The Turn of the Screw by Henry James

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Notes on The Turn of the Screw by Henry James. This set of Tower Notes is 88 pages long and is sold as a fully illustrated PDF file.

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The Turn of the Screw: An Introduction

The day after his governess speaks with him by night at his bedside, Miles, the ten-year-old boy in her care, charms her by playing the piano ‘as he had never played’ before. His action, according to the narrator, is intended to misdirect, and, as far as she is concerned, by playing to her, he is also, effectively, playing a game with her. The incident offers something of a paradigm for The Turn of the Screw, as the novella itself seems intent on both playing to its readers and playing a game with them, teasing them ‘out of thought’ as the Grecian urn did Keats. Like Miles’s piano playing, it is full of the artistry of misdirection: suggesting one thing when it means another; changing tack unexpectedly and altering the reader’s conception of events; finally, coming close in its concluding chapters to undermining the conventions of narrative altogether.

Miles’s piano playing is intended to be seen in the context of the character’s unusual – and strong, though at times contradictory – feelings for his young governess. The oddness of their relationship has come to a head the night before, when Miles invites her into his room at night for an intimate tête-à-tête, which may well strike the modern-day reader as overly affectionate and which leads the narrator to (implicitly) promise she will ‘let [Miles] alone’ (she has been keeping a very close eye on him in the previous chapters). She also reveals to him that she has begun a letter to his uncle that will result in him leaving Bly to attend a new school: the two, therefore, are about to be separated. One way of reading this incident is straightforward enough: Miles is understandably annoyed by his governess’s continual surveillance and is keen to carve out a little freedom for himself. But then why does he obviously revel in the intimacy they share (blowing out his candle at the end of the chapter to create a sort of gothic frisson), and why, if he truly wishes to be free of her, does he haunt her for the rest of the novella and play so enchantingly for her the next day that she loses all track of time?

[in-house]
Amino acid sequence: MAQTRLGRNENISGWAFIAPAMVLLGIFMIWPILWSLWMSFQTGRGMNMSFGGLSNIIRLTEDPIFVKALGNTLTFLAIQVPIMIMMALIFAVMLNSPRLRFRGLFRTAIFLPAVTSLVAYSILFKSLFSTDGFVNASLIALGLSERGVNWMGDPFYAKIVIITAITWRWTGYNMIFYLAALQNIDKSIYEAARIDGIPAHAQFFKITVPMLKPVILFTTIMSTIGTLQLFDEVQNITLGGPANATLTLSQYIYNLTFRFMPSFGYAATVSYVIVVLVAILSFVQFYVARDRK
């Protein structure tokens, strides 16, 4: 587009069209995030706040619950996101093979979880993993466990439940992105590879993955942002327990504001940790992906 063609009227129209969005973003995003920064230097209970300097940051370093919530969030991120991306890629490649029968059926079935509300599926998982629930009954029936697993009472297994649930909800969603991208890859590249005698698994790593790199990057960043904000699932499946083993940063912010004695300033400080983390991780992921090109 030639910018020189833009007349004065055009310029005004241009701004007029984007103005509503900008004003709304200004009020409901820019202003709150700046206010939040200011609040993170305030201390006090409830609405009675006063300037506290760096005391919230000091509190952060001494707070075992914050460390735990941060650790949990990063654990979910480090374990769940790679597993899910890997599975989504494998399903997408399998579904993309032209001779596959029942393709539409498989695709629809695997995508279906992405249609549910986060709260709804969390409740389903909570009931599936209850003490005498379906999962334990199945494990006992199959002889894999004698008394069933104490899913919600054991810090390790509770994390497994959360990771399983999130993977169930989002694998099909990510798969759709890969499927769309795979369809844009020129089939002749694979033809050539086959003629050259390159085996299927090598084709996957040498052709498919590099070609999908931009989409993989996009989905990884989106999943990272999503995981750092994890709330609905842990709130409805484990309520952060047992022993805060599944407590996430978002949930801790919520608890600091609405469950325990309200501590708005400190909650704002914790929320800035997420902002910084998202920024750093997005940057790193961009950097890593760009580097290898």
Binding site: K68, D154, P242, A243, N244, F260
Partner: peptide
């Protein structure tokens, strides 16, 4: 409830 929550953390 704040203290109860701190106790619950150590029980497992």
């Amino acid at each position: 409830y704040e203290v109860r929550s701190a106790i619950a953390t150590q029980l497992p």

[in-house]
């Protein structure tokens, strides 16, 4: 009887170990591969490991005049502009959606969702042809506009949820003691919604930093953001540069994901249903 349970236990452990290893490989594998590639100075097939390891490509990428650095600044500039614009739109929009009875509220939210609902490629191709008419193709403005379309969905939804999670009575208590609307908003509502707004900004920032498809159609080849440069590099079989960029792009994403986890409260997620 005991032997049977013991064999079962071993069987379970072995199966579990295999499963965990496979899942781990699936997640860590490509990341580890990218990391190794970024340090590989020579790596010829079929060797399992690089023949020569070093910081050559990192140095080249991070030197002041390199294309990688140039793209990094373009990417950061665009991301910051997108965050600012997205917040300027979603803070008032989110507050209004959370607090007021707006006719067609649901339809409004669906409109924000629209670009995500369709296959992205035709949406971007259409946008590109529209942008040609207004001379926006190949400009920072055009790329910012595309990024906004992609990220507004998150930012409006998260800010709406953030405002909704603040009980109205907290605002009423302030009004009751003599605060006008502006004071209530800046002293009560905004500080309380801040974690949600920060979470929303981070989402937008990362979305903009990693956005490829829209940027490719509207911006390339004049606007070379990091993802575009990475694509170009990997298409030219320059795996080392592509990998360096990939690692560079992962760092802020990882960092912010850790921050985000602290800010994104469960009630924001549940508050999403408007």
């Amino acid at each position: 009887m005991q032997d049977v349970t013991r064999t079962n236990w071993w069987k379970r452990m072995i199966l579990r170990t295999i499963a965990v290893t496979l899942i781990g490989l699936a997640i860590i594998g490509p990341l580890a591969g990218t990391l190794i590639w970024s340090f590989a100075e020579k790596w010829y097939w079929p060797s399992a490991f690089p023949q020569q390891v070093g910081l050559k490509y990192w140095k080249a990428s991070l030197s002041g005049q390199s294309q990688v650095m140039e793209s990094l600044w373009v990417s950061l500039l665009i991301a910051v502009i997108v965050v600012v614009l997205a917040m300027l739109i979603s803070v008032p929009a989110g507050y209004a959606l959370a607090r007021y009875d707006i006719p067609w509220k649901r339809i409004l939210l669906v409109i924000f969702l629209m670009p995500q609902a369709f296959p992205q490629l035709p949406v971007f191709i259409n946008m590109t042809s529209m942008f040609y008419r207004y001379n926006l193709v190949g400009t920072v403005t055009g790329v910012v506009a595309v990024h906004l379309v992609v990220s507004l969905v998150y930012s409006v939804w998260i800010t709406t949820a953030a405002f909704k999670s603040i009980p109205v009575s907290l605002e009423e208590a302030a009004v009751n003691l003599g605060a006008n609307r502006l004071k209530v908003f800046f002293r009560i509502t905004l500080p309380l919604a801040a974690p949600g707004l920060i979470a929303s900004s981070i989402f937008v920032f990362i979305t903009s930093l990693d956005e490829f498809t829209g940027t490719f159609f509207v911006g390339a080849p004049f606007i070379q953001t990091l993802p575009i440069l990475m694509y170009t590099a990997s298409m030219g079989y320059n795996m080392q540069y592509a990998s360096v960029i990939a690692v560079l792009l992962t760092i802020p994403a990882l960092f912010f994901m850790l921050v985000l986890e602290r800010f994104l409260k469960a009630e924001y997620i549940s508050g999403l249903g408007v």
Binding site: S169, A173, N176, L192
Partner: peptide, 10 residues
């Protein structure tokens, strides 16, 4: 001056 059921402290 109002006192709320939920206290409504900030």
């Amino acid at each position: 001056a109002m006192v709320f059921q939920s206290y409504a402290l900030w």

There is a ready answer to this last point in the text: his piano playing is intended to distract her so that Flora might indulge her own (apparently long held) desire to try out the rowing boat on the lake (in the company of the ghost of Miss Jessel as far as the narrator is concerned). Miles’s playing now becomes a ruse to distract his governess and allow Flora a taste of her brother’s newfound freedom. The whole thing is a conspiracy – and perhaps a supernatural one, if the reader believes that the two children are really consorting with spirits of the dead. Later on, however, it is discovered that Miles’s ploy may actually have had another motive (James puts considerable emphasis on his intelligence to make this a convincing possibility): his allowing Flora time to head out for the lake, means that when his governess and Mrs Grose inevitably seek for her he has plenty of time in a house empty of them both to take the letter to his uncle from the narrator that has been left out for posting.

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Henry James